President-elect Joseph Biden has big plans for climate policy, from rejoining the Paris climate agreement to decarbonizing the electric grid, but these initiatives won’t begin until his inauguration on January 20, 2021. In the meantime, the Trump administration still has 10 weeks (and counting) in office. In the past four years, the administration has already rolled back hundreds of rules designed to do everything from preventing the release of methane from oil wells to limiting how much mercury a coal power plant can emit. In the lame duck period, it could accelerate plans to do more before inauguration day.
In response, experts have formed The Midnight Watch Project, to document any environmental changes, so they can be rolled back as quickly as possible. The project is an initiative from the State Energy and Environmental Impact Center at New York University School of Law. The nonpartisan center works with state attorneys general to protect and further climate policies; it began in 2017 with a nearly $6 million grant from Bloomberg Philanthropies.
The Center has broadly been focused on protecting regulations from Trump administration rollbacks, since it was founded during the Trump presidency—and that administration has rolled back multiple climate policies, potentially leading to 200 million metric tons of extra greenhouse gas emissions each year. Now that Donald Trump is a lame duck president, experts worry he could inflict even more environmental harm before he’s out of office.
“The Trump administration’s legacy on climate change will be one of ‘digging the hole deeper,’ and there is little reason to believe they will be putting the shovel down at this point,” said David J. Hayes, Executive Director of the Center, over email. “There are a number of issues still on the table—rushing to start oil and gas development in the Arctic Refuge, expanding leasing in the National Petroleum Reserve-Alaska, directing federal agencies to further downplay greenhouse gases and climate impacts in NEPA reviews, finalizing empty emissions standards for the aviation sector—any of which would take the country further in the wrong direction on climate.
With no worries about repercussions or needing to appeal to voters, presidential transitions can be contentious. When Herbert Hoover lost his reelection bid to Franklin Roosevelt, Hoover prevented relief legislation for farmers and opposed a bill that would have allowed the sale of beer. He also refused to address the banking crisis. Roosevelt, once in office, eventually did pass farm aid, bank regulations, and authorized the sale of beer, but Hoover’s opposition meant the American people had to wait longer for these policies to pass.
The same could happen with environmental policies during Trump’s final weeks in office. Even though Biden may reverse whatever Trump rollbacks happen between now and Inauguration Day, there’s still the chance that they could cause irreversible harm. And Biden may still face an obstructing, Republican-controlled Senate.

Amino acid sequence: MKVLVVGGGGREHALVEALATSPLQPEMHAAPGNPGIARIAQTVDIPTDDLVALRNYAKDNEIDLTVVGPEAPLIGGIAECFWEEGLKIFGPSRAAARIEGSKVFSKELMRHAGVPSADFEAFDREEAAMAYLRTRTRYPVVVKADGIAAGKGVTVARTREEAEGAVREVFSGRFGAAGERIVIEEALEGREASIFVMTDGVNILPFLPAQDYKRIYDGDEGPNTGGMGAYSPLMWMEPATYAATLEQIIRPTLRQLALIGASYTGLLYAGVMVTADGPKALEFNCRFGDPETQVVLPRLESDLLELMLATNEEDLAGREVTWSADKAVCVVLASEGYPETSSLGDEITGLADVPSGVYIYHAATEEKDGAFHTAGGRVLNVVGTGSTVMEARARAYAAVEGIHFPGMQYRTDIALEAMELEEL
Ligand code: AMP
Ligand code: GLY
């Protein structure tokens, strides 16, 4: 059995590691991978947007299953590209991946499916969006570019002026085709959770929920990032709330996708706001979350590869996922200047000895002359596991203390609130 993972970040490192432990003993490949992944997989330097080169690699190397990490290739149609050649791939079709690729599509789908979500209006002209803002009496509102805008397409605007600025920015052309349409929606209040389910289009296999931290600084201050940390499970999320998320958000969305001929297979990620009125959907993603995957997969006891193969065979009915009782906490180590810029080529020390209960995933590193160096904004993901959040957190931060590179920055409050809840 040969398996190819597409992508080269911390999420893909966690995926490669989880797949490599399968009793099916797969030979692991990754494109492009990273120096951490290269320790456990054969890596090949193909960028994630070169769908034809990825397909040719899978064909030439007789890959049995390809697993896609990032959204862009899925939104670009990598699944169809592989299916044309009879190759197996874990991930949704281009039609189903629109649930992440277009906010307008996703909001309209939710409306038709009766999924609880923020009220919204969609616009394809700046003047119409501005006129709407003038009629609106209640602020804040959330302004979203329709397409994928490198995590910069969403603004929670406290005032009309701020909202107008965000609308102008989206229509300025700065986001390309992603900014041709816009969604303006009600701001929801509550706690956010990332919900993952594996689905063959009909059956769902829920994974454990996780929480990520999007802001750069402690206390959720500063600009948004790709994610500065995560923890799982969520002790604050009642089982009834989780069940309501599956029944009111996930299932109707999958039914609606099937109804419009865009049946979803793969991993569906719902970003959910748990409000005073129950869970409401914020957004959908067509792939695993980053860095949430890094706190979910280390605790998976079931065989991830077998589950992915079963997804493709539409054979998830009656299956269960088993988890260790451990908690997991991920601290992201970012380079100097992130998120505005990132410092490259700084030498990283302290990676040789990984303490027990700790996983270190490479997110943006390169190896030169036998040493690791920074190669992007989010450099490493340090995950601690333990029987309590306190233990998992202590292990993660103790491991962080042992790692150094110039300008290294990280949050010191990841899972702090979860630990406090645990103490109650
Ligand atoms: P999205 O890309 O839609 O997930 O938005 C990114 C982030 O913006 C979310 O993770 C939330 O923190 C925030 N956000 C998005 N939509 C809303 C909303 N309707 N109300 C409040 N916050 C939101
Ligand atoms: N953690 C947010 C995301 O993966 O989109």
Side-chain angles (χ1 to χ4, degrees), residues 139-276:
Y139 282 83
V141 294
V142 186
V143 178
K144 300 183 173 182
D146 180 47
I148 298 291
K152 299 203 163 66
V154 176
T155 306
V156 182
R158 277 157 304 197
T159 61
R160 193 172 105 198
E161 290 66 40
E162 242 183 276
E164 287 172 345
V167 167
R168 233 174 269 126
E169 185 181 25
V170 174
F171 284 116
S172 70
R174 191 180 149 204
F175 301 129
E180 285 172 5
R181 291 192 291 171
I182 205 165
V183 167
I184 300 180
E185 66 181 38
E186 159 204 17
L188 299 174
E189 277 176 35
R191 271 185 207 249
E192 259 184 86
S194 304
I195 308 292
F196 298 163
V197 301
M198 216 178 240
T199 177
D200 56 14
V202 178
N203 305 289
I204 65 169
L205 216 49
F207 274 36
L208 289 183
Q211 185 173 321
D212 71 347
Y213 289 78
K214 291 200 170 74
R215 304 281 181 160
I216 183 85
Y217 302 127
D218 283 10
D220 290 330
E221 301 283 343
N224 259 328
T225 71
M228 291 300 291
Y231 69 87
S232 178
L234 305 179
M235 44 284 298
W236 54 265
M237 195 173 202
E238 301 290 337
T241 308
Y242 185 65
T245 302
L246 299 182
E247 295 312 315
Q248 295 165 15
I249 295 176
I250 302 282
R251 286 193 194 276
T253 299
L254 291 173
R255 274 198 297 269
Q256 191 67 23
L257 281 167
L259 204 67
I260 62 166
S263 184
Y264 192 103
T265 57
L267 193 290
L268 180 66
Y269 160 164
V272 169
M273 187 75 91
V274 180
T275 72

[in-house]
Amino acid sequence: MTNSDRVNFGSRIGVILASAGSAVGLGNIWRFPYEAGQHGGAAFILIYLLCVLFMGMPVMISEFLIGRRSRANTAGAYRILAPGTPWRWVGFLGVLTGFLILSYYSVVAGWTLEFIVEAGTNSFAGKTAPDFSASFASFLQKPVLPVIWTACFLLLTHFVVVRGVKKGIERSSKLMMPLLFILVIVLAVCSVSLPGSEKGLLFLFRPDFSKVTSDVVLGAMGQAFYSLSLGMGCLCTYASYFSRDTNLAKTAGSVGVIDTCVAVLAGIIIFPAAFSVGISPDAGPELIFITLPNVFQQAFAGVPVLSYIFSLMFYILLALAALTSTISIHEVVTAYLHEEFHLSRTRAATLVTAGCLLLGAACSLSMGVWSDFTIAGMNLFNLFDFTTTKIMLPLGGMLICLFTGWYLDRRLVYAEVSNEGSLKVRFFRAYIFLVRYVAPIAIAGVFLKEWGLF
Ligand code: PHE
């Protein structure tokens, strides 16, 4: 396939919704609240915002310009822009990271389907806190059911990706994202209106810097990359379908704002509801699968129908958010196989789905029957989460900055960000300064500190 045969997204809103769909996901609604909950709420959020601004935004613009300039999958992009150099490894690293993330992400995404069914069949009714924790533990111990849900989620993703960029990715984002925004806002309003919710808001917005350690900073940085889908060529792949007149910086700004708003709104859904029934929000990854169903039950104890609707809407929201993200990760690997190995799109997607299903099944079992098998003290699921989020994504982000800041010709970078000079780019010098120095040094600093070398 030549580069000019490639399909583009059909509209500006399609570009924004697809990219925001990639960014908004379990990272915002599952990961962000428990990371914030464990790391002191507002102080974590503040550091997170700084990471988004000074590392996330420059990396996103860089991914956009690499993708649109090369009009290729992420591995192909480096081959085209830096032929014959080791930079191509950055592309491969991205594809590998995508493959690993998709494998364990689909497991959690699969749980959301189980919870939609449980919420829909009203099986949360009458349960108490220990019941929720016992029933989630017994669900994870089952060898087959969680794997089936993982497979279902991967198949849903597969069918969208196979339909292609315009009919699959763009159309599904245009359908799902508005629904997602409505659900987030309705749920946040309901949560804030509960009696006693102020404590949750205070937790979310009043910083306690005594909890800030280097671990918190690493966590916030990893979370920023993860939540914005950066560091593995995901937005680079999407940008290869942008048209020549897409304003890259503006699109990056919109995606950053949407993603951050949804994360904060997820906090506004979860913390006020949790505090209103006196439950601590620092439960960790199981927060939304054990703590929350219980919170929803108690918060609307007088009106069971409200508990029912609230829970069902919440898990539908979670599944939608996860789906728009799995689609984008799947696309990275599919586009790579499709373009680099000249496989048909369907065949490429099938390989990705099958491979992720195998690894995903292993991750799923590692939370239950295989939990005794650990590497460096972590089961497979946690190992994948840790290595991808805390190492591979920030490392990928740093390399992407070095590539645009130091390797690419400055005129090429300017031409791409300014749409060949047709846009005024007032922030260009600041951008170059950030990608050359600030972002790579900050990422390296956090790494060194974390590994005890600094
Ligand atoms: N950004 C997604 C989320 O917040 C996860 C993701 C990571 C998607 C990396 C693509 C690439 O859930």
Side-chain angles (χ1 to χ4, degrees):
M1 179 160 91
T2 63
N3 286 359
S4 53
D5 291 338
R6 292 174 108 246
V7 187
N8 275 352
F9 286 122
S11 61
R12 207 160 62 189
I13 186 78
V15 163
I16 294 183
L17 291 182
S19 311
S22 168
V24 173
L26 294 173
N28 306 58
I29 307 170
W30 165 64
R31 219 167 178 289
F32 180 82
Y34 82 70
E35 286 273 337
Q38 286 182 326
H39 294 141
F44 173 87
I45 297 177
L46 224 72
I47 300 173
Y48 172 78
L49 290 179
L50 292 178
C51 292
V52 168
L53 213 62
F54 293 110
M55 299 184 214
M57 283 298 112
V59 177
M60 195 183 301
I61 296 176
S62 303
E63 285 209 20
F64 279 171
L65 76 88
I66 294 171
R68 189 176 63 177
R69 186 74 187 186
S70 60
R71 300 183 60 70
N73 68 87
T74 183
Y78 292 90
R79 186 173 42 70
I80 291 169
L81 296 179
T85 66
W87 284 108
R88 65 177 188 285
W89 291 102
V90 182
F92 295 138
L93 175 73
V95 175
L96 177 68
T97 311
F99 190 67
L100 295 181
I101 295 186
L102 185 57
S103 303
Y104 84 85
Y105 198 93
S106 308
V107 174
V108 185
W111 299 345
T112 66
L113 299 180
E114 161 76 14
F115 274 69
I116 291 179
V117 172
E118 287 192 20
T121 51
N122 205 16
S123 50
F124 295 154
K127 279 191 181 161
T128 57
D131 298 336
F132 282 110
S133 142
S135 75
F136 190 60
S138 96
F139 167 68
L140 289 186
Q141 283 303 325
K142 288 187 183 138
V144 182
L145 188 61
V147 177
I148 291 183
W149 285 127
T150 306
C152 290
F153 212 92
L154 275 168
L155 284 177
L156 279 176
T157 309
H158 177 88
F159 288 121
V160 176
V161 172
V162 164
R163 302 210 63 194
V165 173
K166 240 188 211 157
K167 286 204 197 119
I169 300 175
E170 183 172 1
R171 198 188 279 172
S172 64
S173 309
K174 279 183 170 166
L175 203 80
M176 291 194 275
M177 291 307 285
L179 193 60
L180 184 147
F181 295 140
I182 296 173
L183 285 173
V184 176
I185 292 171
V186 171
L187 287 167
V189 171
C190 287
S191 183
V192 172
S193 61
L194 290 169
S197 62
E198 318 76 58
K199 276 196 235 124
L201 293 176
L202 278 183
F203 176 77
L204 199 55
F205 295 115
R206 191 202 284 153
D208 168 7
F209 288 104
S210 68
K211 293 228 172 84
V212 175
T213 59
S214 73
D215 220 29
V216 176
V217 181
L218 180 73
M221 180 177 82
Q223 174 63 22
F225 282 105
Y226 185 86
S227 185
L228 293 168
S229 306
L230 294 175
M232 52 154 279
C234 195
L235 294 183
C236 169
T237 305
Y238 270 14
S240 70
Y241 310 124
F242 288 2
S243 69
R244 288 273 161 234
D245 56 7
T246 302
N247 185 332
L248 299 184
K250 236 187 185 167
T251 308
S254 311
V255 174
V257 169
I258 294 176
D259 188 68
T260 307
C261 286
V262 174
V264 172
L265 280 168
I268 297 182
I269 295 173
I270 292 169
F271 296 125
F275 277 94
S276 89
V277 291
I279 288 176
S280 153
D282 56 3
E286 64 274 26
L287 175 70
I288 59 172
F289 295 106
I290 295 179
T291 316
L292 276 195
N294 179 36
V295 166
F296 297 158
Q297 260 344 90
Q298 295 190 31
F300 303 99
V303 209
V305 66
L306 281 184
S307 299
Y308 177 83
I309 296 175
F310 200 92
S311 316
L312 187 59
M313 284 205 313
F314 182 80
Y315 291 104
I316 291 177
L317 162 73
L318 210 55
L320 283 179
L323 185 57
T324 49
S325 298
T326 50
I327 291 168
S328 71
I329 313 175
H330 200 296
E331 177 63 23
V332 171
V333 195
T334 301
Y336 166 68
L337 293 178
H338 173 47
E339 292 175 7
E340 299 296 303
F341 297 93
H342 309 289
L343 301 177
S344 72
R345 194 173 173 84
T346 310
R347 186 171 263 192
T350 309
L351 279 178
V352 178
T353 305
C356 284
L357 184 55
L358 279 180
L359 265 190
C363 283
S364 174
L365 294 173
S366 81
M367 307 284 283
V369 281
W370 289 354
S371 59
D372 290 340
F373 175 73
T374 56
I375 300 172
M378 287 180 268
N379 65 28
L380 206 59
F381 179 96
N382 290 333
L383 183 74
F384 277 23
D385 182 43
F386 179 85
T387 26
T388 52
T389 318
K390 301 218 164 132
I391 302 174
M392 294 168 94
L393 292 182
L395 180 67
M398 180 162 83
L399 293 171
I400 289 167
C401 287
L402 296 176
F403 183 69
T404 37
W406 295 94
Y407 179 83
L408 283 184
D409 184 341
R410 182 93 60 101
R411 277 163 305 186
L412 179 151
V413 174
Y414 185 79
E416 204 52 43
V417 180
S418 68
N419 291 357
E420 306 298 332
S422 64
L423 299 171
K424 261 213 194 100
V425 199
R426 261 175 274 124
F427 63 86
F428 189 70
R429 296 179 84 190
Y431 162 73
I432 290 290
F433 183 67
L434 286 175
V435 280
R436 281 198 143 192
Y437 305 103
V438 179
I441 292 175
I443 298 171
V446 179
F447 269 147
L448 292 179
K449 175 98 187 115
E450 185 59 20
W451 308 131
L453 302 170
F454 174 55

The Midnight Watch Project will track any of these eleventh-hour changes over nine areas: climate change; clean air; clean water; clean energy and energy efficiency; public lands; wildlife; safety and toxins; regulatory processes; and executive actions. By consolidating all these changes in one place, Hayes says, the Project will “provide a high-level picture of which regulatory and policy issues remain in play—and to call attention to new issues as they arise.” The goal, he adds, is to highlight these developments “for journalists, for policymakers, for advocates, and for the broader public.”
Experts at the Center already have eyes on a few policies that the Trump administration could enact in the coming weeks. The EPA could soon finalize its decisions to keep the existing National Ambient Air Quality Standards for ozone and particulate matter pollution, even though, Hayes notes, scientists agree that those standards aren’t strict enough, and still allow for levels of pollution that are dangerous to human health. “These decisions would have lasting nationwide impacts—particularly on environmental justice communities, who face disproportionately high exposure to these pollutants,” Hayes says.
The Interior Department could also expedite its plans to conduct seismic surveying in the Arctic National Wildlife Refuge—an act the Audubon Society says would “scar” that habitat, and which would set the path for oil and gas development on one of the last truly wild landscapes. “These are just a few of the issues the State Impact Center will be watching closely as the transition period proceeds,” Hayes says, “and we hope the Midnight Watch Project will help others follow closely as well.”